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Advanced Computer Architecture-CS501
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Advanced Computer Architecture
Lecture No. 29
Reading Material
Handouts
Slides
Summary
Introduction to FALSIM
Preparing source files for FALSIM
Using FALSIM
FALCON-A assembly language techniques
Introduction to FALSIM:
FALSIM is the name of the software application which consists of the FALCON-A
assembler and the FALCON-A simulator. It runs under Windows XP.
FALCON-A Assembler:
Figure 1 shows a snapshot of the graphical user interface (GUI) for the FALCON-A
Assembler. This tool loads a FALCON-A assembly file with a (.asmfa) extension and
parses it. It shows the parsed results in an error log, lets the user view the assembled file's
contents in the file listing and also provides the features of printing the machine code, an
Instruction Table and a Symbol Table to a FALCON-A listing file. It also allows the user
to run the FALCON-A Simulator.
The FALCON-A Assembler source code has two main modules, the 1st-pass module and
the 2nd-pass module. The 1st-pass module takes an assembly file with a (.asmfa)
extension and processes the file contents. It then generates a Symbol Table which
corresponds to the storage of all program variables, labels and data values in a data
structure at the implementation level. The Symbol Table is used by the 2nd-pass module.
Failures of the 1st-pass are handled by the assembler using its exception handling
mechanism.
The 2nd-pass module sequentially processes the .asmfa file to interpret the instruction op-
codes, register op-codes and constants using the Symbol Table. It then produces a list file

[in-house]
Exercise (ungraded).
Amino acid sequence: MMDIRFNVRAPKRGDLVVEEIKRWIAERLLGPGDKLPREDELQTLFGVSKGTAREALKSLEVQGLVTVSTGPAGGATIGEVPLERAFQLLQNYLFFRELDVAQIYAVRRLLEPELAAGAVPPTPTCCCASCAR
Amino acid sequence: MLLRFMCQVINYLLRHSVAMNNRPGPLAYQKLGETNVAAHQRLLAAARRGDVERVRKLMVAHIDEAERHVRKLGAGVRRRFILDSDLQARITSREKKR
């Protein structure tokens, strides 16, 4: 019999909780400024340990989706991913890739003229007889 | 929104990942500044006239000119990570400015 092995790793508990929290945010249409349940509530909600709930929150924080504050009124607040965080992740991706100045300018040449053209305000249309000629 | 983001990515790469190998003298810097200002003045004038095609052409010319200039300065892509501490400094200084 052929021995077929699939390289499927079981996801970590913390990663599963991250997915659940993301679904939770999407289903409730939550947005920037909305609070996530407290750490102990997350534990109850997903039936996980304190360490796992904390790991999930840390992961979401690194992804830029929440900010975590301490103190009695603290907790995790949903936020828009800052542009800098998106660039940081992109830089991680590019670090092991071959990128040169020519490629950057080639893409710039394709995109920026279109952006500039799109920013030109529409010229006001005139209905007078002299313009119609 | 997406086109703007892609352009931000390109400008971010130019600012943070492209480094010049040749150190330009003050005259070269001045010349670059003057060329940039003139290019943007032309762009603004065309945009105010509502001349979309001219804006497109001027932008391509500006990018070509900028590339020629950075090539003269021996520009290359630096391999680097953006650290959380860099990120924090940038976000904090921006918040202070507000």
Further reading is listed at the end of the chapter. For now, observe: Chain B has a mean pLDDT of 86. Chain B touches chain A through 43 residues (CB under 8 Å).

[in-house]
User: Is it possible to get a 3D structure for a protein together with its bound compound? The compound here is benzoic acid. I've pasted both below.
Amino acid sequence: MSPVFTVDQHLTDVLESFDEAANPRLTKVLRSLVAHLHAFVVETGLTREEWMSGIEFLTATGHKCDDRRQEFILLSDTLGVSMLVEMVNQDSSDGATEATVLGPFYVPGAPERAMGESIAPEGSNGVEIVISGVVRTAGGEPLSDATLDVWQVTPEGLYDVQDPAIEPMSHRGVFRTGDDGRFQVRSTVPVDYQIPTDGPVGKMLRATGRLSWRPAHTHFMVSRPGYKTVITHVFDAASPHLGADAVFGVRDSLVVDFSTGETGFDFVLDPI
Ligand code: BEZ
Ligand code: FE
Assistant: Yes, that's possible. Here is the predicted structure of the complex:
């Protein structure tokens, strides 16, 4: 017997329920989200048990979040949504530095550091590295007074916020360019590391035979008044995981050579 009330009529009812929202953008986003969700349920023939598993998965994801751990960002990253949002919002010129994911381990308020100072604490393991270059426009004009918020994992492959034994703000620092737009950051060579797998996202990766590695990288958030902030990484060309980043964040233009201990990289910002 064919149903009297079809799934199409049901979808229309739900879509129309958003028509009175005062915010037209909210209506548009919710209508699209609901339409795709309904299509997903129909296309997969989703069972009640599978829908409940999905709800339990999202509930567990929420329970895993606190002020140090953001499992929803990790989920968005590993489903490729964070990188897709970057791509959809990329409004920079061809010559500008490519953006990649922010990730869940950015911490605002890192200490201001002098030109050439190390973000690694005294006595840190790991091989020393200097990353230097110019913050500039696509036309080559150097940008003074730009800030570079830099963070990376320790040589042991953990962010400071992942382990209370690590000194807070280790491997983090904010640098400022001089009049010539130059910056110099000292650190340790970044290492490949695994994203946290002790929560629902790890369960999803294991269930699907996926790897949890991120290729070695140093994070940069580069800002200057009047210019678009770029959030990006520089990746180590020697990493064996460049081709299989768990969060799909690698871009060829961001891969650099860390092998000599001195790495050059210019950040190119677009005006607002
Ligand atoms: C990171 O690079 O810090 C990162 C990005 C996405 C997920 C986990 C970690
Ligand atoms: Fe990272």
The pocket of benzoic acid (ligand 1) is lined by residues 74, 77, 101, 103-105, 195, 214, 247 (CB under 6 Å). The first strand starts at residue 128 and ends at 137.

with a .lstfa extension independent of successful or failed pass. If the pass is successful a
binary file with a .binfa extension is produced which contains the machine code for the
program contained in the assembly file.
FALCON-A Simulator:
Figure 6 shows a snapshot of the GUI for the FALCON-A Simulator. This tool loads a
FALCON-A binary file with a (.binfa) extension and presents its contents into different
areas of the simulator. It allows the user to execute the program to a specific point within
a time frame or just executes it, line by line. It also allows the user to view the registers,
I/O port values and memory contents as the instructions execute.
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FALSIM Features:
The FALCON-A Assembler provides its user with the following features:
Select Assembly File: Labeled as "1" in Figure 1, this feature enables the user to choose
a FALCON-A assembly file and open it for processing by the assembler.
Assembler Options: Labeled as "2" in Figure 1.
 Print Symbol Table
This feature, if selected, writes the Symbol Table (produced after the execution of the 1st-
pass of the assembler) to a FALCON-A list file with an extension of (.lstfa). The Symbol
Table includes variables, addresses and labels with their respective values.
 Print Instruction Table
This feature, if selected, writes the FALCON-A instructions along with their op-codes at
the end of the list file.